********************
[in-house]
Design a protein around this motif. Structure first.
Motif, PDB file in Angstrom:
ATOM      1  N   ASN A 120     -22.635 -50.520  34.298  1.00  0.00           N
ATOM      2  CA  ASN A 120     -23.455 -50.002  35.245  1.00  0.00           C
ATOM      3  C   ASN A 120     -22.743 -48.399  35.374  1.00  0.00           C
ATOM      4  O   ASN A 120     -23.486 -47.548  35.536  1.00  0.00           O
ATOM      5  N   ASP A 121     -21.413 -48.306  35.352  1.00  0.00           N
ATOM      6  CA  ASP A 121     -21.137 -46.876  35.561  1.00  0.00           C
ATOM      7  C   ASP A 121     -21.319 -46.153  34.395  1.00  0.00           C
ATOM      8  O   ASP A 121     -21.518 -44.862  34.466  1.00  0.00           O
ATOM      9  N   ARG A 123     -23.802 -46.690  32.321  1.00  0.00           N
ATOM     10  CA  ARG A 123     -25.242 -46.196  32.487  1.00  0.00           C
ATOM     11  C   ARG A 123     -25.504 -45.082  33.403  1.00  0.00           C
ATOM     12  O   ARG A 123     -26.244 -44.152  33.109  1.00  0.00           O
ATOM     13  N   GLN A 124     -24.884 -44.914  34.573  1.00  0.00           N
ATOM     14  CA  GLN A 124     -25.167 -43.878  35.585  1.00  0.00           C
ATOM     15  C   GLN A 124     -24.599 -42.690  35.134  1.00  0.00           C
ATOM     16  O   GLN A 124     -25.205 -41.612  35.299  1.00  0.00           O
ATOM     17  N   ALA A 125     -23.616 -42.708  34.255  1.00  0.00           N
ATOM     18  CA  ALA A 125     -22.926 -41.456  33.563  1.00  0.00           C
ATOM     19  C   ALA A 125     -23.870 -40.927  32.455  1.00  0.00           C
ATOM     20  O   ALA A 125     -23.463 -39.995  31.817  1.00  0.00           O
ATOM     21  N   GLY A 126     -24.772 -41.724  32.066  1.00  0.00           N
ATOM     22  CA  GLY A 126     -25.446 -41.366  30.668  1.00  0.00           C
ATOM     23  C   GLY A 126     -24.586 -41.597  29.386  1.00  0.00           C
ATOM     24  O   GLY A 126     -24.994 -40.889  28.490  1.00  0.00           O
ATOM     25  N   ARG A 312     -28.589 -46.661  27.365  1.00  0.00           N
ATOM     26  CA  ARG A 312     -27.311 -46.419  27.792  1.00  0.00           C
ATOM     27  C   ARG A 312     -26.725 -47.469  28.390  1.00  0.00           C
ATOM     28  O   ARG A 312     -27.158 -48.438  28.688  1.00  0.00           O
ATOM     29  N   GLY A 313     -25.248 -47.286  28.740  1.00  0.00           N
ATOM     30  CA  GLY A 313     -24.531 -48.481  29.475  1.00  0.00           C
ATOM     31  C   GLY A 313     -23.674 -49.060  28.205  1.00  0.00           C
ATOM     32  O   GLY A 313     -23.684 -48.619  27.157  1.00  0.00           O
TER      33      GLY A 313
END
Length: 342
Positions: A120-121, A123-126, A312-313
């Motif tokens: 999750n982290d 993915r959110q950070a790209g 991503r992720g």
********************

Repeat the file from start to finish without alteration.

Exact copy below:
[in-house]
Design a protein around this motif. Structure first.
Motif, PDB file in Angstrom:
ATOM      1  N   ASN A 120     -22.635 -50.520  34.298  1.00  0.00           N
ATOM      2  CA  ASN A 120     -23.455 -50.002  35.245  1.00  0.00           C
ATOM      3  C   ASN A 120     -22.743 -48.399  35.374  1.00  0.00           C
ATOM      4  O   ASN A 120     -23.486 -47.548  35.536  1.00  0.00           O
ATOM      5  N   ASP A 121     -21.413 -48.306  35.352  1.00  0.00           N
ATOM      6  CA  ASP A 121     -21.137 -46.876  35.561  1.00  0.00           C
ATOM      7  C   ASP A 121     -21.319 -46.153  34.395  1.00  0.00           C
ATOM      8  O   ASP A 121     -21.518 -44.862  34.466  1.00  0.00           O
ATOM      9  N   ARG A 123     -23.802 -46.690  32.321  1.00  0.00           N
ATOM     10  CA  ARG A 123     -25.242 -46.196  32.487  1.00  0.00           C
ATOM     11  C   ARG A 123     -25.504 -45.082  33.403  1.00  0.00           C
ATOM     12  O   ARG A 123     -26.244 -44.152  33.109  1.00  0.00           O
ATOM     13  N   GLN A 124     -24.884 -44.914  34.573  1.00  0.00           N
ATOM     14  CA  GLN A 124     -25.167 -43.878  35.585  1.00  0.00           C
ATOM     15  C   GLN A 124     -24.599 -42.690  35.134  1.00  0.00           C
ATOM     16  O   GLN A 124     -25.205 -41.612  35.299  1.00  0.00           O
ATOM     17  N   ALA A 125     -23.616 -42.708  34.255  1.00  0.00           N
ATOM     18  CA  ALA A 125     -22.926 -41.456  33.563  1.00  0.00           C
ATOM     19  C   ALA A 125     -23.870 -40.927  32.455  1.00  0.00           C
ATOM     20  O   ALA A 125     -23.463 -39.995  31.817  1.00  0.00           O
ATOM     21  N   GLY A 126     -24.772 -41.724  32.066  1.00  0.00           N
ATOM     22  CA  GLY A 126     -25.446 -41.366  30.668  1.00  0.00           C
ATOM     23  C   GLY A 126     -24.586 -41.597  29.386  1.00  0.00           C
ATOM     24  O   GLY A 126     -24.994 -40.889  28.490  1.00  0.00           O
ATOM     25  N   ARG A 312     -28.589 -46.661  27.365  1.00  0.00           N
ATOM     26  CA  ARG A 312     -27.311 -46.419  27.792  1.00  0.00           C
ATOM     27  C   ARG A 312     -26.725 -47.469  28.390  1.00  0.00           C
ATOM     28  O   ARG A 312     -27.158 -48.438  28.688  1.00  0.00           O
ATOM     29  N   GLY A 313     -25.248 -47.286  28.740  1.00  0.00           N
ATOM     30  CA  GLY A 313     -24.531 -48.481  29.475  1.00  0.00           C
ATOM     31  C   GLY A 313     -23.674 -49.060  28.205  1.00  0.00           C
ATOM     32  O   GLY A 313     -23.684 -48.619  27.157  1.00  0.00           O
TER      33      GLY A 313
END
Length: 342
Positions: A120-121, A123-126, A312-313
């Motif tokens: 999750n982290d 993915r959110q950070a790209g 991503r992720g």